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This Week in Health Care Reform: July 7th, 2017

Senate Republican leaders spend the holiday break working to find a way forward on their health care replacement bill; Medicaid programs feel the burden of rising drug prices; and, stakeholders continue to embrace telehealth.

Week in Review

Replacement Bill: When lawmakers headed home last week for the 4th of July break, they did so with the expectation that they would come back to Washington with a clearer picture of next steps on the health care replacement bill that has come to dominate the legislative landscape.  What that means, exactly, is less clear, as GOP leaders in the Senate continue to review changes to their bill that would secure enough votes from their rank-and-file to see it pass.  Opponents, for their part, are hoping to capitalize on the uncertainty, urging for a bipartisan approach as a means of finding a way to a compromise.  Regardless, with a sizable legislative ‘to-do list’ looming, there’s growing concern that lawmakers’ bandwidth may already be stretched thin.

Medicaid's Rx Burden: The rising price of prescription drugs continues to exact a destructive toll on our health care system.  While the pursuit of solutions to address the issue has resulted in the development of some creative, if not, unexpected, partnerships, the harsh realities of high-cost drugs and its impact on an increasingly dependent patient population, threaten to overwhelm stakeholders across the health care spectrum.  State Medicaid programs, for instance, such as Wisconsin’s, find themselves vulnerable to these out-of-control prices, particularly when it comes to spending on specialty drugs, which, in the Badger State alone, has gone up 40 percent over the past four years.  And, separately, Louisiana is now considering the radical move of asking the federal government to intervene, going so far as to override pharmaceutical manufacturers’ patent protections over their medicines.

Telehealth Inroads:
Momentum to expand Medicare’s telehealth coverage continues to build, most recently in the form of a pair of bipartisan bills offered up earlier this year.  That first one, the Telehealth Innovation and Improvement Act, introduced by Sens. Cory Gardner (R-Colorado) and Gary Peters (D-Michigan), looks to “expand access to health care in both rural and urban areas to cover additional telehealth services” beyond those currently covered under the Medicare program’s limited benefit.  The other bill, Creating Opportunities Now for Necessary and Effective Care Technologies (CONNECT) for Health Care Act of 2017, introduced by Sens. Brian Schatz (D-Hawai’i), Roger Wicker (R-Mississippi), Thad Cochran (R-Mississippi), Ben Cardin (D-Maryland), John Thune (R-South Dakota), and Mark Warner (D-Virginia), would also expand telehealth services in Medicare, specifically for remote patient monitoring (RPM), which studies have shown leads to better quality care and increased cost savings.  Meanwhile, providers, too, have warmed to the benefits that can accrue from their embracing telehealth.  Independent doctors, who often lack the requisite infrastructure to deploy wide-ranging telehealth programs, are growing more comfortable with how these digital technologies, in the forms of apps and other services, can allow them to see more patients by offering virtual visits.  And, large hospital systems, such as the Cleveland Clinic, are able to leverage telehealth as a means of introducing new dimensions of care.  The organization, which includes more than 51,000 caregivers, including nearly 3600 physicians, performs 7 million outpatient visits a year.  In recognizing telehealth’s ability to improve the way they deliver care to their patients, the Cleveland Clinic developed an enterprise telehealth strategy, driven largely by the organization’s desire to: 1) Increase efficiency and lower costs; 2) Stay current with patient expectations; 3) Expand access and reach at a lower cost than simply building new facilities; and, 4) Prepare to support the transition to value-based care.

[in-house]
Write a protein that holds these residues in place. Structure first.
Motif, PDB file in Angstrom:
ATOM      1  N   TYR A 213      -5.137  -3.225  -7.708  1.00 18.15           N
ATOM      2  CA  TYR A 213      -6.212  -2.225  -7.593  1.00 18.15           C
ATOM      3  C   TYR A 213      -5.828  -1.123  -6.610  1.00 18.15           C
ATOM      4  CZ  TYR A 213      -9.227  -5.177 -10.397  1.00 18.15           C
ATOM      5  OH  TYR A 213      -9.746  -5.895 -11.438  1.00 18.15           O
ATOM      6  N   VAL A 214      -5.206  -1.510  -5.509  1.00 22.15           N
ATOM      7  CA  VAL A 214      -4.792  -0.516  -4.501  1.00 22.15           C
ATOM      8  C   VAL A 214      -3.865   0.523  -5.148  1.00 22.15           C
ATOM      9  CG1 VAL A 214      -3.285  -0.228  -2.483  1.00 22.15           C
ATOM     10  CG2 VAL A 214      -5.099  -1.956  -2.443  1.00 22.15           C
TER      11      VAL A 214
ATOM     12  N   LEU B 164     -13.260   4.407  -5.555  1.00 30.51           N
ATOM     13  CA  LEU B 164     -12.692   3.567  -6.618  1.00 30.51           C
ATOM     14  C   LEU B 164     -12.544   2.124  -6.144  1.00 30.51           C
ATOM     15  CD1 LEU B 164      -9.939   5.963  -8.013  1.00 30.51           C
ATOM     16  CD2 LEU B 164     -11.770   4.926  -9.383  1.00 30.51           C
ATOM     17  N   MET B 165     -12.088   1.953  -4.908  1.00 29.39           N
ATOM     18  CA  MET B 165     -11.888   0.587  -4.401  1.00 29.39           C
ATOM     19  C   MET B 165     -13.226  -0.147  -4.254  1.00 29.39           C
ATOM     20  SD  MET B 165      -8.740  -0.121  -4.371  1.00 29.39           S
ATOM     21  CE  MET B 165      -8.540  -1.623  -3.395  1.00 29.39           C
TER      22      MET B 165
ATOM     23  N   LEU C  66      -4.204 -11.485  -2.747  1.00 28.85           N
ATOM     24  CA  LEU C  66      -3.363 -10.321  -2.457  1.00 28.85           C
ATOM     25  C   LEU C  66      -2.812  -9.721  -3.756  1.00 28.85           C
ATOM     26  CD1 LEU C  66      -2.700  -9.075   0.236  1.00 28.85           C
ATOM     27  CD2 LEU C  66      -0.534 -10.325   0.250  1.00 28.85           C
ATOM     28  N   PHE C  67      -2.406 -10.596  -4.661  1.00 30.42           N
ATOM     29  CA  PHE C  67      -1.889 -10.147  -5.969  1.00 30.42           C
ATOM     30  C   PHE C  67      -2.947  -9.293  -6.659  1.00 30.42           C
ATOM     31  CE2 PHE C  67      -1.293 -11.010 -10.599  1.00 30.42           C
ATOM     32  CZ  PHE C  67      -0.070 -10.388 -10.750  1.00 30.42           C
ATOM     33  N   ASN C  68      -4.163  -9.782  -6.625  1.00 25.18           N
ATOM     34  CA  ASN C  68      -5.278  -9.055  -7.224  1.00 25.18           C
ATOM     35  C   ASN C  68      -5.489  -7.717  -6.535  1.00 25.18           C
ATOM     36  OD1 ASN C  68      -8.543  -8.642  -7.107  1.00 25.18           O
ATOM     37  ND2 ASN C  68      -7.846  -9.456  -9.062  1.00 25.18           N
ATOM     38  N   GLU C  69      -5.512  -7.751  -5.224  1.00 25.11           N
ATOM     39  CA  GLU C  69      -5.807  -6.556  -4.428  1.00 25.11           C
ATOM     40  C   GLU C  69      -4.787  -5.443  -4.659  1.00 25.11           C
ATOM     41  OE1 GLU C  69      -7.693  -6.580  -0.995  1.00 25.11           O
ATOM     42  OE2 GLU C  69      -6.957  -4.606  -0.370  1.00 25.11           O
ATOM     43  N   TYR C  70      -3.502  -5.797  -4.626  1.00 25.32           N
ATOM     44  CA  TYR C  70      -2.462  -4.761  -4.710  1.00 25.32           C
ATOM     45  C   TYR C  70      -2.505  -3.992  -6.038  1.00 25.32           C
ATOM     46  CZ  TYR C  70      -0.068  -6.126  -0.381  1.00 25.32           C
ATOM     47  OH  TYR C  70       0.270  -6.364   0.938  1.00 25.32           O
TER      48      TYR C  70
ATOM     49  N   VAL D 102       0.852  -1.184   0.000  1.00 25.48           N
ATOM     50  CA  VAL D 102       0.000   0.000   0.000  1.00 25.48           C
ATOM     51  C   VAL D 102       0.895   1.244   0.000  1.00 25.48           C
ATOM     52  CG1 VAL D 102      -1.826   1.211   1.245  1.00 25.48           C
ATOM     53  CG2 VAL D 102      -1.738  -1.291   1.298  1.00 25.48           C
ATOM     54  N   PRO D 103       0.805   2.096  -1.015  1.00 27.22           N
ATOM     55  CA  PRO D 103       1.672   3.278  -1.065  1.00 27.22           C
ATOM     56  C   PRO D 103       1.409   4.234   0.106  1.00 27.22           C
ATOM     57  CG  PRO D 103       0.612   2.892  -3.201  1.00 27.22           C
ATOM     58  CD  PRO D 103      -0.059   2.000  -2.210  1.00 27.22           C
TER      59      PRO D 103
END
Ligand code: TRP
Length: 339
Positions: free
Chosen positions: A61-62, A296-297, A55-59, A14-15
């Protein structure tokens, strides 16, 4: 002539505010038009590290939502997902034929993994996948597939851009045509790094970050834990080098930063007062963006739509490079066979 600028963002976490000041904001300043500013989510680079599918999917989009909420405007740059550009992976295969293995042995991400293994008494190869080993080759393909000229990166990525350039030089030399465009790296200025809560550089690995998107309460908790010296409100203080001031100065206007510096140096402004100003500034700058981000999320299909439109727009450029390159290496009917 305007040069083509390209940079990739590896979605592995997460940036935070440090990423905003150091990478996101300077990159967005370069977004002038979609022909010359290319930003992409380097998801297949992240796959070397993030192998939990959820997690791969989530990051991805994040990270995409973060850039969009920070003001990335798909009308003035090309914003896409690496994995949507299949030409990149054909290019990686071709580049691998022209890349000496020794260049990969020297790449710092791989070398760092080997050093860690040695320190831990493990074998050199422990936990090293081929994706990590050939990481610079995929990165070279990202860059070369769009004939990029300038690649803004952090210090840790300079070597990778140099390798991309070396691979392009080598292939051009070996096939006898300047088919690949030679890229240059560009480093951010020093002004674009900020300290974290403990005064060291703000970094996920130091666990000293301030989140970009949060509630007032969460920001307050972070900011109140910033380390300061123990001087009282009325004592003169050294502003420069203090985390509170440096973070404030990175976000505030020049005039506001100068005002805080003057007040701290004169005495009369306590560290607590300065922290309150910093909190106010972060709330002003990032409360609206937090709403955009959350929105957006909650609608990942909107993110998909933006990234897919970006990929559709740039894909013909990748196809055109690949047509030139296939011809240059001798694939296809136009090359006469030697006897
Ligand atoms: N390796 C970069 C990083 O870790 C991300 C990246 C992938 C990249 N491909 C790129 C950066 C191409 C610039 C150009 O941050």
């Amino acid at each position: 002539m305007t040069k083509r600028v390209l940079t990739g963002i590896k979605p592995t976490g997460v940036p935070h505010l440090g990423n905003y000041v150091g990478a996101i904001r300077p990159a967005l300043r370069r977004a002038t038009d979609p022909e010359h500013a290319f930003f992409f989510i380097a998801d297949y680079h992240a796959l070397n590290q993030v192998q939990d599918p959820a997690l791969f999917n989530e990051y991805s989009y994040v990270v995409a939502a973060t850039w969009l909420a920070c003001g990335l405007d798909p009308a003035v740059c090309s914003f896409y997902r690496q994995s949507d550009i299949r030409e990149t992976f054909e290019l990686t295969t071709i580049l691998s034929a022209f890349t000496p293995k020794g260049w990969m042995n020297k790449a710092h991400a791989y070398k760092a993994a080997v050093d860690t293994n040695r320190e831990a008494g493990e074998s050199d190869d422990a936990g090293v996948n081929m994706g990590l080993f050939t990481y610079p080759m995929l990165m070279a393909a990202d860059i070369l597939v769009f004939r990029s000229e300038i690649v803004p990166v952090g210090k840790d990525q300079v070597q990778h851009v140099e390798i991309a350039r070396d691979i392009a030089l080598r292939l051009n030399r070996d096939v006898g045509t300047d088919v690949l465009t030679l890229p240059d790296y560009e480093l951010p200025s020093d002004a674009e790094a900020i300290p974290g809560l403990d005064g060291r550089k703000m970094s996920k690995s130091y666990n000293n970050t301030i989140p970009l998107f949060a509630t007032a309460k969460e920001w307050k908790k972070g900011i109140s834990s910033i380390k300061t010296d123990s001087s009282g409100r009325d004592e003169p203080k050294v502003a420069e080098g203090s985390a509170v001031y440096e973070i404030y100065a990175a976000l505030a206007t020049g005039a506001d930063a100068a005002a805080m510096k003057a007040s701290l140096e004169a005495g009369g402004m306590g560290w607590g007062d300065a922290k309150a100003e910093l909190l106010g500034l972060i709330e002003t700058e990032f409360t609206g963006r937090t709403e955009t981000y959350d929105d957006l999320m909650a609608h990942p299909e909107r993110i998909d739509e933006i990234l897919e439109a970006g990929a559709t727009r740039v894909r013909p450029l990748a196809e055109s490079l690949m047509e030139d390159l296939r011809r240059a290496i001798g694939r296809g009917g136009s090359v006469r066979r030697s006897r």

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Looking Ahead

The evolution of our health care delivery model has resulted in the rise of consumer centricity.  While the transition to a more “patient consumerism” paradigm has not been without its share of hiccups, the advent of new technologies has allowed people to take a level of ownership in their own health care that just wasn’t possible a generation ago.

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